Fife Council bosses are insisting they “owe it to the people” to continue with a legal battle against the company which designed Dunfermline’s beleaguered flood prevention scheme.
The local authority has reaffirmed its commitment to pursue its current court action against Atkins Limited, which was employed as design and supervision consultants on the long running project.
Head of legal services Morag Ferguson said: “We had hoped that the council’s claim could be resolved through mediation, however, this has not been possible to date.
“Officers discussed the current position with members of the policy and coordination committee and they have agreed additional funding to cover the costs of impending court action.
“We have a strong case and we owe it to the people of Fife to recover public money that should have been put to other uses.”
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The scheme, which aimed to minimise the risk of flooding to nearly 200 properties near the Tower, Calais and Lyne burns to the south of Dunfermline, was first mooted as two-year, £3.75 million project.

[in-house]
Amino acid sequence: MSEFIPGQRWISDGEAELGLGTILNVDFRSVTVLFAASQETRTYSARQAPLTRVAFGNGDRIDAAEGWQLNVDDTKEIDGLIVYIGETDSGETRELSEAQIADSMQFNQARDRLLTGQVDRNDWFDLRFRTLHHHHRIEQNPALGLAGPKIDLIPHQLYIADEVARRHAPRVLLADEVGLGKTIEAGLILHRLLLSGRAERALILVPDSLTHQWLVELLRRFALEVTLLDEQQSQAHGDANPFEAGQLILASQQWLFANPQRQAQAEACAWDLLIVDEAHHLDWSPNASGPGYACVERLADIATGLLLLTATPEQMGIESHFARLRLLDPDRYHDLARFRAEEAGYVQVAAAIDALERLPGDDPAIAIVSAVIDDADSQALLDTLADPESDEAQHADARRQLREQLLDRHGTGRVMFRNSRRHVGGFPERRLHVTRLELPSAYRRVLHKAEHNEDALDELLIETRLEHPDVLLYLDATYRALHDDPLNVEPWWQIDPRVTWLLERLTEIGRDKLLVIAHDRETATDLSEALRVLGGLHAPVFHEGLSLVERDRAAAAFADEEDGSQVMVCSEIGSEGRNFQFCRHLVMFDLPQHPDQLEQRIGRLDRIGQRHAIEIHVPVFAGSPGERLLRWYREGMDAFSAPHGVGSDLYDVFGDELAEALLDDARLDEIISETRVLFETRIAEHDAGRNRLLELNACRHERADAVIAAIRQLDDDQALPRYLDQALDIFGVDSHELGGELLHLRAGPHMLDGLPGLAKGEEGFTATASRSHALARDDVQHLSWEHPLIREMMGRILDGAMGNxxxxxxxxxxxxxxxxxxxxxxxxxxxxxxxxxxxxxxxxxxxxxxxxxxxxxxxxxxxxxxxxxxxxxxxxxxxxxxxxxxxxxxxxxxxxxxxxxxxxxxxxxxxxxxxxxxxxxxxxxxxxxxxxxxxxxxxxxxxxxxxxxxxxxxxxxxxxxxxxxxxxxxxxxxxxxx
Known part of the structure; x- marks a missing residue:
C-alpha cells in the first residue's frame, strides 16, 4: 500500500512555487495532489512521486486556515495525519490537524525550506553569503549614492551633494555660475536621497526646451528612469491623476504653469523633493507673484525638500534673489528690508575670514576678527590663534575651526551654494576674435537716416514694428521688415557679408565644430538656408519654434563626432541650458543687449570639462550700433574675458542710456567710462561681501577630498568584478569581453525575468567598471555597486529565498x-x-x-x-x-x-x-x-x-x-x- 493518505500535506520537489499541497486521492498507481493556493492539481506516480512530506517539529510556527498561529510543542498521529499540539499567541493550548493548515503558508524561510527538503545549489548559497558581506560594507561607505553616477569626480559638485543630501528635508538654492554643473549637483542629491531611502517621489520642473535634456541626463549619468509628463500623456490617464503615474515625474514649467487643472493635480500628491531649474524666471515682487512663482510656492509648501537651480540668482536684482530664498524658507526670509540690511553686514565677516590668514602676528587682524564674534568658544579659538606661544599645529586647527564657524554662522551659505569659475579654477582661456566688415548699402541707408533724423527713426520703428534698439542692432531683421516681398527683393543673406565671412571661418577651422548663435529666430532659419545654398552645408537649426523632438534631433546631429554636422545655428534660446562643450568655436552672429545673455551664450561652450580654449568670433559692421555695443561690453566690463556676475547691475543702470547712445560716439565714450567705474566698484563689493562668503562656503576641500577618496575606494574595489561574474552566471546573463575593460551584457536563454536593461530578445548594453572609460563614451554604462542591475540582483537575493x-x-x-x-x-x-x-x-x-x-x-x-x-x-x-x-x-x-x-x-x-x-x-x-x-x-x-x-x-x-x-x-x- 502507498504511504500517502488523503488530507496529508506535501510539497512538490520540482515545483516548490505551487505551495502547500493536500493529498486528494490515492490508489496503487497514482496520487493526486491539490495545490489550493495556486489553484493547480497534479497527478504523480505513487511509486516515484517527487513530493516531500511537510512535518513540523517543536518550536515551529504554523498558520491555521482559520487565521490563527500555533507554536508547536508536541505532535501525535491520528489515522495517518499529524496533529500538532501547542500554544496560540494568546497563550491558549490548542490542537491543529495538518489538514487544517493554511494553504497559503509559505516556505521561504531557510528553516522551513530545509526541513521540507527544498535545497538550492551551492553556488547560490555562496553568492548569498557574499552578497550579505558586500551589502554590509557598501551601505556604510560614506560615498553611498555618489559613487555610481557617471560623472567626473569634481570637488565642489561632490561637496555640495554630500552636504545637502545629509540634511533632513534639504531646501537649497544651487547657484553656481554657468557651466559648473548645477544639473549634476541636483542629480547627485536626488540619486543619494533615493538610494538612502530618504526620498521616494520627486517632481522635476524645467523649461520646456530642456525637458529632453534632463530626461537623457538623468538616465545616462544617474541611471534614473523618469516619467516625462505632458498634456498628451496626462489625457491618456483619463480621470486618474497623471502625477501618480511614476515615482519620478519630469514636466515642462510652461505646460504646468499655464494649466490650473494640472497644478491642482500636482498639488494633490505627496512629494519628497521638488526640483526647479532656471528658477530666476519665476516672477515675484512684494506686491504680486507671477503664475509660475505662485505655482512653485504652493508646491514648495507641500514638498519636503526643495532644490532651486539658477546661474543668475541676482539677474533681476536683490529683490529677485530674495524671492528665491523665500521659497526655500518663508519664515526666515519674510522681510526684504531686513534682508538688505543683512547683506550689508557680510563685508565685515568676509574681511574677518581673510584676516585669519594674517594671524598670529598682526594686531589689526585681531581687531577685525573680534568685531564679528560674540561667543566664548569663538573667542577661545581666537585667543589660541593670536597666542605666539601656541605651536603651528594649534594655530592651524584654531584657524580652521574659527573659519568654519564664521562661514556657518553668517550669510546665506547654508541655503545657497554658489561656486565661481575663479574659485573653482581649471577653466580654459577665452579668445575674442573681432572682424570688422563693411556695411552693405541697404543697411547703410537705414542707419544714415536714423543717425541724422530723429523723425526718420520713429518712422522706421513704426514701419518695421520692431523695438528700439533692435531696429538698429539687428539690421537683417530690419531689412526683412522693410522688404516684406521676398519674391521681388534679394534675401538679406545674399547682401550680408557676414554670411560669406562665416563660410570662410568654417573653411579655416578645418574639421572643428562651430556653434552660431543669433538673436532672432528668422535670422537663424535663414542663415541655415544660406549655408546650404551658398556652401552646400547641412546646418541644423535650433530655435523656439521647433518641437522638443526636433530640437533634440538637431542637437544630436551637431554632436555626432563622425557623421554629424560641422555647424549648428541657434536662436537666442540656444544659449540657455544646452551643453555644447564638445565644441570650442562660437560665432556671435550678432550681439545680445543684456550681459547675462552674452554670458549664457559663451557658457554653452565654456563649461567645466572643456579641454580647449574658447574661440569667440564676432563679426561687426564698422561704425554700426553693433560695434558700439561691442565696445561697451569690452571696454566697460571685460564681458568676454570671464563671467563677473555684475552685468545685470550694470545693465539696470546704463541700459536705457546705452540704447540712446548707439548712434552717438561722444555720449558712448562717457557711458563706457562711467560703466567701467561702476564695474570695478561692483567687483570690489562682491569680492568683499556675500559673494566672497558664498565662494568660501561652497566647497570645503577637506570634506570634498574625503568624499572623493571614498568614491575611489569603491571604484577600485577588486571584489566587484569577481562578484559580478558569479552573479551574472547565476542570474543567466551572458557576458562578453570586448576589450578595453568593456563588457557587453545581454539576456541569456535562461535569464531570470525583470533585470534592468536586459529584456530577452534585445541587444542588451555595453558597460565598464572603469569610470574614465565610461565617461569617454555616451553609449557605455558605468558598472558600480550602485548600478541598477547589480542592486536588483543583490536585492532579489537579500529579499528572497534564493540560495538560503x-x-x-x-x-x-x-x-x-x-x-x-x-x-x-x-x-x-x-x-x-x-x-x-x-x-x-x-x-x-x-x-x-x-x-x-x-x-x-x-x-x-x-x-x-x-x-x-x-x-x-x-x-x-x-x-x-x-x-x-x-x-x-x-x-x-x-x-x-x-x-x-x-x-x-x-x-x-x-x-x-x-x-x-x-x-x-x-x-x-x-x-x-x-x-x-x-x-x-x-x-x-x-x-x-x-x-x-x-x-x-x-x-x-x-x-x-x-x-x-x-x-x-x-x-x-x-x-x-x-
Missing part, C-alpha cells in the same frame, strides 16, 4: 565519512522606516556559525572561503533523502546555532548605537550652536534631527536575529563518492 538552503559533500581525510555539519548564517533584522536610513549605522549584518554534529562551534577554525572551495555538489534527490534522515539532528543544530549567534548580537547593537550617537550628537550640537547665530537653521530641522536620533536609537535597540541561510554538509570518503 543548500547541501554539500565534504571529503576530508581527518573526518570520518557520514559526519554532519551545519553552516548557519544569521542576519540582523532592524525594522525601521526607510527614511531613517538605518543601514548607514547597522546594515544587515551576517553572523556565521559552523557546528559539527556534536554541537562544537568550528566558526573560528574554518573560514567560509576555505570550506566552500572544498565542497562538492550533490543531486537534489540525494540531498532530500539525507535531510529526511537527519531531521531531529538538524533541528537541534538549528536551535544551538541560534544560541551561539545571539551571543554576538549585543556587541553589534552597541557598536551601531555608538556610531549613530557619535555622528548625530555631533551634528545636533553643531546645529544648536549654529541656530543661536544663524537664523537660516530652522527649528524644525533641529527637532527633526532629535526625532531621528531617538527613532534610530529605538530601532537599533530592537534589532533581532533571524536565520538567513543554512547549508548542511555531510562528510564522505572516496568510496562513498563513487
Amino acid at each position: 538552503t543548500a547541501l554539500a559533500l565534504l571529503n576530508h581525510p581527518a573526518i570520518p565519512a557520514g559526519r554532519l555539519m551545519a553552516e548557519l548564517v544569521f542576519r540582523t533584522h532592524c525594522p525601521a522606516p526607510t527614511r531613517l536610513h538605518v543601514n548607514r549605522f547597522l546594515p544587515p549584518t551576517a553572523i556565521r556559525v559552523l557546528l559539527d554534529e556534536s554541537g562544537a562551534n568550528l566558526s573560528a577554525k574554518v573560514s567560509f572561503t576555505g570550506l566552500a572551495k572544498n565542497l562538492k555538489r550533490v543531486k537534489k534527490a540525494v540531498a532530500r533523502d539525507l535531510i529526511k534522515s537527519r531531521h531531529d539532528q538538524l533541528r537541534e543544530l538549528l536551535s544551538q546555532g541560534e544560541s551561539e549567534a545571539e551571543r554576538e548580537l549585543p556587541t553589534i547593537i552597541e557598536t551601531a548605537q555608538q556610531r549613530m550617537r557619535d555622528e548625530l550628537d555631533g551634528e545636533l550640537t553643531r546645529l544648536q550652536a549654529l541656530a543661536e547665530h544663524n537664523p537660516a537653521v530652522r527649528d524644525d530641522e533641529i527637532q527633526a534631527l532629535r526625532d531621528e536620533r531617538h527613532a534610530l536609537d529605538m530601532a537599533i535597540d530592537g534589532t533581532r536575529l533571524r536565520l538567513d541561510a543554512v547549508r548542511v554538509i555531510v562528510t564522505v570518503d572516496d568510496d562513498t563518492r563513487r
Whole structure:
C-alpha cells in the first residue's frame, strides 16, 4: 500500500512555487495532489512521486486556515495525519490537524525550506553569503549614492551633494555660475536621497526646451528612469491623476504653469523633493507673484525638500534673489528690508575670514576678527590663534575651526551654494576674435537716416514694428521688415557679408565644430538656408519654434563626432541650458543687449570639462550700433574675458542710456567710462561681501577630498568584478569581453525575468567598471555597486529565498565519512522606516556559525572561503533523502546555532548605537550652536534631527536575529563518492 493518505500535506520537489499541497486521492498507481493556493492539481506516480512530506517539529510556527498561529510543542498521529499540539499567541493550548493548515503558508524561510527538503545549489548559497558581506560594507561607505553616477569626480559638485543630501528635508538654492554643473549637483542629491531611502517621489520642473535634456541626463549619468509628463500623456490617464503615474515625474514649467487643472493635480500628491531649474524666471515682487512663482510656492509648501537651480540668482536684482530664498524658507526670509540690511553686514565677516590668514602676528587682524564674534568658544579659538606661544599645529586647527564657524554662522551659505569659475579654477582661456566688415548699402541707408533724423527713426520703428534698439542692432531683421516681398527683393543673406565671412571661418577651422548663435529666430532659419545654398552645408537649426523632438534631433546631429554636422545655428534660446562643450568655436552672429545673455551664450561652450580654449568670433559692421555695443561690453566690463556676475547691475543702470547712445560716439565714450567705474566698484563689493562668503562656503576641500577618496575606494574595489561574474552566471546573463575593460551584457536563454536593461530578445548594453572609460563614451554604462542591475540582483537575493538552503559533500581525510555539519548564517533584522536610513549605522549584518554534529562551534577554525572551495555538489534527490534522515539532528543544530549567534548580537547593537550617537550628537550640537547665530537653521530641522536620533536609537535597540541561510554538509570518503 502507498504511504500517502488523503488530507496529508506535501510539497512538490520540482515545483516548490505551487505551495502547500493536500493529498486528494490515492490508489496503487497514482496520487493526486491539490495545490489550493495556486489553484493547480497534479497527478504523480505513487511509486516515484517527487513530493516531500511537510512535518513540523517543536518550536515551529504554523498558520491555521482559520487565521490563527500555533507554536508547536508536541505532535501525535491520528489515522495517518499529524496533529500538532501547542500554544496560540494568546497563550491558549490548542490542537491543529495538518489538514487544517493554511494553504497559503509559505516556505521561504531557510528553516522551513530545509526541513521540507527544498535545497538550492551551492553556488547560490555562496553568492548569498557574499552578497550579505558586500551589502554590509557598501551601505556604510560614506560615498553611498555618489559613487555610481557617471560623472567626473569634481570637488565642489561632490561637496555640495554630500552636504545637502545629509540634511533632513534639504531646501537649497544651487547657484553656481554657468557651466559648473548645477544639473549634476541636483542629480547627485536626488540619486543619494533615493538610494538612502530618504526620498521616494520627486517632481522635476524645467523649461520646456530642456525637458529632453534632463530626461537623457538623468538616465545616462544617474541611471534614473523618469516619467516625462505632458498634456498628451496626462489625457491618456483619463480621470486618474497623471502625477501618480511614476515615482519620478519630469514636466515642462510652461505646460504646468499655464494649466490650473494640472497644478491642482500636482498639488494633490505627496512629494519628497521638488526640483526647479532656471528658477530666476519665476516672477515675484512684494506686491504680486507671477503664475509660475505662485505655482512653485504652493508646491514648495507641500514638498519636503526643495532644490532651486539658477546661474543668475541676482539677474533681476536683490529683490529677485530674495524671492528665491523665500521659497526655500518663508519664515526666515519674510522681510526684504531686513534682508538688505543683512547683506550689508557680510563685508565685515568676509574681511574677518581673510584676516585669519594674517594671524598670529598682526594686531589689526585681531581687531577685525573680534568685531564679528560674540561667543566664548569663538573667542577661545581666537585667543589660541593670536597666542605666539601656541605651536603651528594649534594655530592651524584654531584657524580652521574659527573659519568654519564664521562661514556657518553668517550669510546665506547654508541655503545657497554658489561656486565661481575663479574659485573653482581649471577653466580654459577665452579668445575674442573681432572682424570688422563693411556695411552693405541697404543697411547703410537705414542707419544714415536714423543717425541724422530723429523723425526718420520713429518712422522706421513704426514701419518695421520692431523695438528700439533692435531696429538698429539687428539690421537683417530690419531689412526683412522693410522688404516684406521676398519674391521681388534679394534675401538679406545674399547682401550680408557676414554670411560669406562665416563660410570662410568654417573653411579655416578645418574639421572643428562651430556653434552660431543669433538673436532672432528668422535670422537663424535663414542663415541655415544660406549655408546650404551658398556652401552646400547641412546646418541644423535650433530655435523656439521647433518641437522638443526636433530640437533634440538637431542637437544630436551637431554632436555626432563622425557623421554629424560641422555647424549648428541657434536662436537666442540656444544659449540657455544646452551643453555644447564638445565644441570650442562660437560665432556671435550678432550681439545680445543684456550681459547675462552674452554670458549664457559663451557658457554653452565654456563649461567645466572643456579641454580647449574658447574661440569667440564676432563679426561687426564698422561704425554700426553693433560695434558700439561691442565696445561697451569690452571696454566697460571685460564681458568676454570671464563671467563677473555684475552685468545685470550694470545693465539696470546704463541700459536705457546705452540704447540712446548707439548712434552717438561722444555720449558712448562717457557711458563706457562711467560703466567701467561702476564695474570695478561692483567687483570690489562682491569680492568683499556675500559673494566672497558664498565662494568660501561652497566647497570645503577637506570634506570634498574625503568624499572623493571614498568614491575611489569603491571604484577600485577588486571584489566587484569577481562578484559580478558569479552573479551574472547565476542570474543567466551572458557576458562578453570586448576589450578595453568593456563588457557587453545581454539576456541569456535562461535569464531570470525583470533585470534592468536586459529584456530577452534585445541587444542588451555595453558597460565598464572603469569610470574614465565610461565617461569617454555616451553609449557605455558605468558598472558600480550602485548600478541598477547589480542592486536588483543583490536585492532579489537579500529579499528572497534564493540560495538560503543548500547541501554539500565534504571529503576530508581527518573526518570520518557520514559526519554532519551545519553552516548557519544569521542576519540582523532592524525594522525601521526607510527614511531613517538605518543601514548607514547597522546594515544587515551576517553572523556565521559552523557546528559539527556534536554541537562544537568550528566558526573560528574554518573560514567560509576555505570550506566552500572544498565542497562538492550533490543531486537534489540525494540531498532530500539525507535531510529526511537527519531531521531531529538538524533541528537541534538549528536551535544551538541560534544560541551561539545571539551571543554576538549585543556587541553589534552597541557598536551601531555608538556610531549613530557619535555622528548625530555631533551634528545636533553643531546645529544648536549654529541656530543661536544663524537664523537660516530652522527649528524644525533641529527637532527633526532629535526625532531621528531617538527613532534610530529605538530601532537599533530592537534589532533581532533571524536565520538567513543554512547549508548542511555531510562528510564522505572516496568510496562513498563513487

It was initially due to start in 2005 but work did not begin until 2007 and by the time it was complete the bill had soared to more than £35m and locals had endured years of disruption, lost access to gardens and land and roadworks.
The idea of legal proceedings for a multi-million-pound claim against the company was first raised around five years ago.
The case is now expected to start in the Court of Session next February and will run for around eight weeks.
A spokesman for Atkins said that as it was an ongoing matter it would be inappropriate at this stage to discuss it in any further detail.
Earlier this year it was revealed that Fife Council could be taken to a tribunal over compensation claims relating to the flood prevention scheme.
Five large claims by land owners remain to be settled, after the local authority took entry as part of the works in 2007.
Although the council had the right to enter the land by the Lyne Burn, legislation provides for owners to be compensated under certain circumstances.
One of the claims, for the owner of an Elgin Street storage yard, is likely to be settled but others could be referred to the Lands Tribunal.
Several smaller payments have already been made, and some minor claims have been refused or cancelled due to a lack of evidence.